Kuwait Airways canceled an Israeli passenger’s ticket because of their citizenship. Nothing wrong with that, said a court in Frankfurt — and provoked an outcry.
A court in the German city of Frankfurt ruled on Thursday that Kuwait Airways was within its rights to refuse to transport an Israeli because of their citizenship.
In its judgement, the court said it was “not reasonable” for the airline to transport a person if doing so risked severe legal consequences for its employees in Kuwait.
Kuwaiti law prohibits companies from doing business with Israelis.
The passenger had sued the airline for discrimination after it refused to fly him from Frankfurt to Bangkok via Kuwait City in 2016.
The details of the ruling
The court adjuged that:
- Their evaluation did not consider “whether the law of a foreign country … makes sense” from a German legal view
- The Israeli could not be compensated for the airline’s action because it was not discriminatory under German law
- “Germany’s anti-discrimination law prohibits, among other things, discrimination because of race, ethnicity or confession. Discrimination because of citizenship is, by contrast, not covered by the law.”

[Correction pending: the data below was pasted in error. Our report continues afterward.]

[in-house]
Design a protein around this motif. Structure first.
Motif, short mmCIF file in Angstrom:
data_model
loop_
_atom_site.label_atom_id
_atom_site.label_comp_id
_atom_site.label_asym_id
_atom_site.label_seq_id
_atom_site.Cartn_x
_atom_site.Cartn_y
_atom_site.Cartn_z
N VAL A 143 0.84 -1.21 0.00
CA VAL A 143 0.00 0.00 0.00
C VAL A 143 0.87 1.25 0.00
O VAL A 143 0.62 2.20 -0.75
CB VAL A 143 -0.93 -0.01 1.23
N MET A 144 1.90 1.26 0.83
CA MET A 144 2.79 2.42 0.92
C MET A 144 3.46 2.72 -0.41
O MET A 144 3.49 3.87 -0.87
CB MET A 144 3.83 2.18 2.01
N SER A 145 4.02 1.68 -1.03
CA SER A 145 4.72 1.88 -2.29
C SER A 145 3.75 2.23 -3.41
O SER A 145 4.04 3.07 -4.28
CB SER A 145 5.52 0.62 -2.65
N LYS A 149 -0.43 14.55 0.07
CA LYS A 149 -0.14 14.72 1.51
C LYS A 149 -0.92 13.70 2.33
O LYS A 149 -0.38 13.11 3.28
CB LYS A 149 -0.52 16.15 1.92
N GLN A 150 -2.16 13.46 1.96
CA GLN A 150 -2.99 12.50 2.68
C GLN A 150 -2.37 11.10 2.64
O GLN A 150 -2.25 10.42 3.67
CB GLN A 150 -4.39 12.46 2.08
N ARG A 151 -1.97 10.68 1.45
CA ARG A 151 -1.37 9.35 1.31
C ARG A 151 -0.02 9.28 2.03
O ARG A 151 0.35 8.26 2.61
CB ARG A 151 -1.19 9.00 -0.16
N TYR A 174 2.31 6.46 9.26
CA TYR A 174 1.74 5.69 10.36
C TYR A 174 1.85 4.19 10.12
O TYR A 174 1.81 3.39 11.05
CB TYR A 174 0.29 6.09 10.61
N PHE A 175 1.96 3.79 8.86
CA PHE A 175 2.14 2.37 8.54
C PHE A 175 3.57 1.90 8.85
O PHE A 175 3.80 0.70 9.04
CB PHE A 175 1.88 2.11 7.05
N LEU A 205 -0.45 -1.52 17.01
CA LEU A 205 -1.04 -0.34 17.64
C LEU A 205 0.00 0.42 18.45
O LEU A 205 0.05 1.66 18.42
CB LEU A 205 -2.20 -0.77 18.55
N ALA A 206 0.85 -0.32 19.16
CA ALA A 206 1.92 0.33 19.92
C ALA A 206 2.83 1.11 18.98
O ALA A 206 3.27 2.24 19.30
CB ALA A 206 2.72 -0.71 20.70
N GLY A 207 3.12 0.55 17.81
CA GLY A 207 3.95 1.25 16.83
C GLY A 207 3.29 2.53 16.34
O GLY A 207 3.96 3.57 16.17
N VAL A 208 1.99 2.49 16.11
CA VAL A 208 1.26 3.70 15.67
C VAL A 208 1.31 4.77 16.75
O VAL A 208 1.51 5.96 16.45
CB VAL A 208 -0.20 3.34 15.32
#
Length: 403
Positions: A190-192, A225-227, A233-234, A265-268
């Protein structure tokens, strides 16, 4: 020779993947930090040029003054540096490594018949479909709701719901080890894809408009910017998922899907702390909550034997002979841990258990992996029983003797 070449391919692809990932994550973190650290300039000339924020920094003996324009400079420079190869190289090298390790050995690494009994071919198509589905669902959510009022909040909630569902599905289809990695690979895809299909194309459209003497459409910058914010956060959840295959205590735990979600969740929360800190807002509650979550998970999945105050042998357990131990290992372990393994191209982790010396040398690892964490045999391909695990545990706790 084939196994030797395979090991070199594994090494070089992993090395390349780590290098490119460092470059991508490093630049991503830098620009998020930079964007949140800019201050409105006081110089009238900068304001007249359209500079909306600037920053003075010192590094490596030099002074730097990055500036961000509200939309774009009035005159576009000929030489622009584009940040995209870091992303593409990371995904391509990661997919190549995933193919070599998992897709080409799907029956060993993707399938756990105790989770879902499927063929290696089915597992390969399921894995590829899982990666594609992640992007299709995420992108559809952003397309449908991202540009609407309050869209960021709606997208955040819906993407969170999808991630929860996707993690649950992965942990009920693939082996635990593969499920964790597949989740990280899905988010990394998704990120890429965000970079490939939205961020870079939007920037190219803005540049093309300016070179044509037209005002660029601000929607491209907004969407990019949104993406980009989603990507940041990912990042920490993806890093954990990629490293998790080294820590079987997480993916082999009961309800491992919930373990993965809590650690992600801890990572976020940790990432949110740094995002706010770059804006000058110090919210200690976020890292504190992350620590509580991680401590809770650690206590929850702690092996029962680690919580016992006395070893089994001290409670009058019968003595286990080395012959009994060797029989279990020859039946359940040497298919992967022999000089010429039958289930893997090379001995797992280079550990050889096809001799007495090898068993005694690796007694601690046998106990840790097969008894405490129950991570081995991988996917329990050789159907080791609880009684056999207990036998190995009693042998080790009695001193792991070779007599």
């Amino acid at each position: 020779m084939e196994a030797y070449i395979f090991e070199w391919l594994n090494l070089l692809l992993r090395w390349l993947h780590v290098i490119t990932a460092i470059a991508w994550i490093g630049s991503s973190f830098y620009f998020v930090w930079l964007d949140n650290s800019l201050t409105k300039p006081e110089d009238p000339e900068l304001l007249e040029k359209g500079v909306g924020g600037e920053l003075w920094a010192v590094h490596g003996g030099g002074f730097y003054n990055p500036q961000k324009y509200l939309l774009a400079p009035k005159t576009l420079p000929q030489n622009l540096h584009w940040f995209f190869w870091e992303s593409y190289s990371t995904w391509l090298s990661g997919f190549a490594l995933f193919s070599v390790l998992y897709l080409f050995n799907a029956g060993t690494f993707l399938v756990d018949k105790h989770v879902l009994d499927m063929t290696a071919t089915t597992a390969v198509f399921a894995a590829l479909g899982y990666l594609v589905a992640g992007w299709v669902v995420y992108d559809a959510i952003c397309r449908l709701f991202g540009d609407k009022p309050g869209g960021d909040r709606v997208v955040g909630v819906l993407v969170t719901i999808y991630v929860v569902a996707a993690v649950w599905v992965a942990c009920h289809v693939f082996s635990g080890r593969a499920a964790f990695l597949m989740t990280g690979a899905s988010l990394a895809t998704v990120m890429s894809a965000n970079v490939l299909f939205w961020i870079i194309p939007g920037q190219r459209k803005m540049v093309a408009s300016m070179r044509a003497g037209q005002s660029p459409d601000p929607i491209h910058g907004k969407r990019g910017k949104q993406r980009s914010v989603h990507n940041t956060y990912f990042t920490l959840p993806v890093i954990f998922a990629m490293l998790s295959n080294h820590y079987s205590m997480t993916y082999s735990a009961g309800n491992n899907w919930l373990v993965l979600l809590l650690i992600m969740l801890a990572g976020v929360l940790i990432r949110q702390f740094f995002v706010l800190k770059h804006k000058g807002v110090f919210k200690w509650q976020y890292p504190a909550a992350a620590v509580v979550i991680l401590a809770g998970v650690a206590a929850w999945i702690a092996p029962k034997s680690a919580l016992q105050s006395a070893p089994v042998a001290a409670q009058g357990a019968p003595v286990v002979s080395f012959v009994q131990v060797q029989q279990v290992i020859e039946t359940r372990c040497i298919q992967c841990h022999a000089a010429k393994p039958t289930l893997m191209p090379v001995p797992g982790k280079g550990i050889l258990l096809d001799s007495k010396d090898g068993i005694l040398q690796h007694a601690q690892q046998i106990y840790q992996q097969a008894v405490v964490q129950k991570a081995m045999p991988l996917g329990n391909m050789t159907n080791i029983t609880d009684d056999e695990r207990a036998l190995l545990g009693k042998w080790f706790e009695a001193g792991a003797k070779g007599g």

What were the reactions?
The case in Frankfurt follows similar discrimination cases against Kuwait Airways in Switzerland and the US. Courts in those instances ruled against the company.
The Israeli’s lawyer, Nathan Gelbart, condemned the judgement. “This is a shameful verdict for democracy and for Germany in general,” he said. “This verdict cannot stand.”
Frankfurt Mayor Uwe Becker echoed the sentiment, saying: “To my mind, an airline that practices discrimination and anti-Semitism by refusing to fly Israeli passengers should not be allowed to take off or land in Frankfurt, or at any other airport in Germany.”